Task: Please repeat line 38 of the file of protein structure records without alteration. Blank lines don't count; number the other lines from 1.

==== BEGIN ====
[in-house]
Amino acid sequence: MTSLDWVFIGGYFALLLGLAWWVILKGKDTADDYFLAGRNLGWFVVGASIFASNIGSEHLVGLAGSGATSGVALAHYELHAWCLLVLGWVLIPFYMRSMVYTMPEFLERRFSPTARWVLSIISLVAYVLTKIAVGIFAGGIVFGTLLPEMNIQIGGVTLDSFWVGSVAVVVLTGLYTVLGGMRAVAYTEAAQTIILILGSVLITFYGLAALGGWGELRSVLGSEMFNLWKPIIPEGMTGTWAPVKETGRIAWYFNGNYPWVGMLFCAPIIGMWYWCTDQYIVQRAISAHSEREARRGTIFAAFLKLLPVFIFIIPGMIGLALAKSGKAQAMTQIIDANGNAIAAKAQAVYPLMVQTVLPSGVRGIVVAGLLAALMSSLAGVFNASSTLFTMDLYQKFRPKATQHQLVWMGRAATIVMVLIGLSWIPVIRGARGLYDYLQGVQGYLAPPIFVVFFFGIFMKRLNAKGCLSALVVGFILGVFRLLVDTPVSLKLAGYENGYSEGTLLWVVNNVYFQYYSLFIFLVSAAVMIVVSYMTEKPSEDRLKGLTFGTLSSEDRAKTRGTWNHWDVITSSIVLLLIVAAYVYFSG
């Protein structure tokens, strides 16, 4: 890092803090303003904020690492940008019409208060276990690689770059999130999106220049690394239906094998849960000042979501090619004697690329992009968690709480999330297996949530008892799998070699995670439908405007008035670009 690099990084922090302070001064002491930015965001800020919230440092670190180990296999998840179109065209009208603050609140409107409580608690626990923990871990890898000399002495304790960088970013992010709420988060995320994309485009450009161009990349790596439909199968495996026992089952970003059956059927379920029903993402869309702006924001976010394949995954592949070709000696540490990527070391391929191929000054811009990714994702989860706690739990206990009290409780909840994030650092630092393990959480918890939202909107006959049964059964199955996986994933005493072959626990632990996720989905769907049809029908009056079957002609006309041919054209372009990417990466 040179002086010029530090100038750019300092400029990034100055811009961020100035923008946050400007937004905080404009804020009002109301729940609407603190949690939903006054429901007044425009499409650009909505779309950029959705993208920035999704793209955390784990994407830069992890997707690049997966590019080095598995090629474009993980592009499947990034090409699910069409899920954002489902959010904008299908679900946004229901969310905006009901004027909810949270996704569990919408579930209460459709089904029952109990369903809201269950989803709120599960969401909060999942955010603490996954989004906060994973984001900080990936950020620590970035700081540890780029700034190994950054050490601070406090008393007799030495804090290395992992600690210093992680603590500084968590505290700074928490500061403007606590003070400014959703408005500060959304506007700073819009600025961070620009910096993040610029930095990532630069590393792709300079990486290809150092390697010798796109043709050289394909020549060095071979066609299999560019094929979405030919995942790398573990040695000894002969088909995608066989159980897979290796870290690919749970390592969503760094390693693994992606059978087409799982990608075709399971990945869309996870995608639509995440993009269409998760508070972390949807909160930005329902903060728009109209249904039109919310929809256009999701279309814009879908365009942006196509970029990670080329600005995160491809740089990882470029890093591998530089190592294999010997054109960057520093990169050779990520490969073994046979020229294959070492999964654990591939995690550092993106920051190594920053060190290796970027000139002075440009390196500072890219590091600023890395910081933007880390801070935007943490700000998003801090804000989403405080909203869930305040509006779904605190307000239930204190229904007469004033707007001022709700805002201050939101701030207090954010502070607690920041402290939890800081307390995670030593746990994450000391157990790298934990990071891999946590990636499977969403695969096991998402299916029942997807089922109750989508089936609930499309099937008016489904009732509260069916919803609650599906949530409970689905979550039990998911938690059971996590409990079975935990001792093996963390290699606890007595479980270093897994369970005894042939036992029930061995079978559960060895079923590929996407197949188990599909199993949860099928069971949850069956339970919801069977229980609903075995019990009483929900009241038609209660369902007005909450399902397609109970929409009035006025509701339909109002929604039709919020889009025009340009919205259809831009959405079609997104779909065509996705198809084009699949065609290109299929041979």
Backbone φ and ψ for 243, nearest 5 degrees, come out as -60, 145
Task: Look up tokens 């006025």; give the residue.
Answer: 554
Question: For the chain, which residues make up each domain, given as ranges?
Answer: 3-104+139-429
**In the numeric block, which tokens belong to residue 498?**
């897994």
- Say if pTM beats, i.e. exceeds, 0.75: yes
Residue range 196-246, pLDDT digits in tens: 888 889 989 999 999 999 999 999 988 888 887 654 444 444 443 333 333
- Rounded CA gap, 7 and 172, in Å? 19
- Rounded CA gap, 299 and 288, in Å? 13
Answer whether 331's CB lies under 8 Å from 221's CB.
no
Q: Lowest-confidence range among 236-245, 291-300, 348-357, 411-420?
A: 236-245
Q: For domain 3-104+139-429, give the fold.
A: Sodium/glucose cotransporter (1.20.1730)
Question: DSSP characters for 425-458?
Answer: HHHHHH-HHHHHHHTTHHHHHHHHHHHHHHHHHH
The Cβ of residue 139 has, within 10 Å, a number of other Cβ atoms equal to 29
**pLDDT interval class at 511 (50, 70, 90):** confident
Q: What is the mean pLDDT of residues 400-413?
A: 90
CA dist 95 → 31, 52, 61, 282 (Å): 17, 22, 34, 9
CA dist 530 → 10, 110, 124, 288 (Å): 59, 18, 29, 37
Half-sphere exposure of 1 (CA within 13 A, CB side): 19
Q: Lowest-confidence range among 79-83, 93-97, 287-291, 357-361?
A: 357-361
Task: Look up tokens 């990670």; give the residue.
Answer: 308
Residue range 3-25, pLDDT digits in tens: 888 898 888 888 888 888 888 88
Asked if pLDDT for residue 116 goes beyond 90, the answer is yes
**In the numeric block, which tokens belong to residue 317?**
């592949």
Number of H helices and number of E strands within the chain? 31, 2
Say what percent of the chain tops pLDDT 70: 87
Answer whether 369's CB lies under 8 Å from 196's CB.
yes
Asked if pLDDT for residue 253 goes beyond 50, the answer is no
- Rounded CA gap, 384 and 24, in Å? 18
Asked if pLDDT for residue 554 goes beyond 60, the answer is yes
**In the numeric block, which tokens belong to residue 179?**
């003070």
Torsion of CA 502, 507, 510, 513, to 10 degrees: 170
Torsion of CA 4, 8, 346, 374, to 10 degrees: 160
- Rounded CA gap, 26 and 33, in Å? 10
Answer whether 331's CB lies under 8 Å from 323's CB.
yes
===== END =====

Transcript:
Number of H helices and number of E strands within the chain? 31, 2